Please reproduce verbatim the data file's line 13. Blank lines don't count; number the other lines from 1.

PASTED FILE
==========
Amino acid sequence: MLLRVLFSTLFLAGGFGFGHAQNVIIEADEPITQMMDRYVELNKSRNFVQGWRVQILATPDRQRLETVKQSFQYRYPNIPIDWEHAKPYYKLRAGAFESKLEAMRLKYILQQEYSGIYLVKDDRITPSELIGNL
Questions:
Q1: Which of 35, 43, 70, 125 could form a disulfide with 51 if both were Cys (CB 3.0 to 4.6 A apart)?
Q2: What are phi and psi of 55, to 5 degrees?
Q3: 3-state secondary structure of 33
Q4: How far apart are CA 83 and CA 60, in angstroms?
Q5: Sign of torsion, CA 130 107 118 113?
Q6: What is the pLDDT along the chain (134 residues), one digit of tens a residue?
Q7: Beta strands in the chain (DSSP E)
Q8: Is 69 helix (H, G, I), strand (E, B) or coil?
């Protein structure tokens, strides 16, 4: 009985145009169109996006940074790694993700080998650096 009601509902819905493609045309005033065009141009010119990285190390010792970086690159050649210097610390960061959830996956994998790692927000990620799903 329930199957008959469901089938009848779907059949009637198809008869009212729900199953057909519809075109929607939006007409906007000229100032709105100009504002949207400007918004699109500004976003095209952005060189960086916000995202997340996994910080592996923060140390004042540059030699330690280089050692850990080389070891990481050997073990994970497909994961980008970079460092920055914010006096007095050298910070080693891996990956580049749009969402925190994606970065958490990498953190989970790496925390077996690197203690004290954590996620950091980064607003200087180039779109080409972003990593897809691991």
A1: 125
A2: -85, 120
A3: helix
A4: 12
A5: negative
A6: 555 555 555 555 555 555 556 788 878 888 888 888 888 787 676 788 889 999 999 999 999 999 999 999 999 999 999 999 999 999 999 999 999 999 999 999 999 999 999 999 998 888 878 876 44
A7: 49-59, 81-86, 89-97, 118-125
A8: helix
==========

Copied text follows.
A2: -85, 120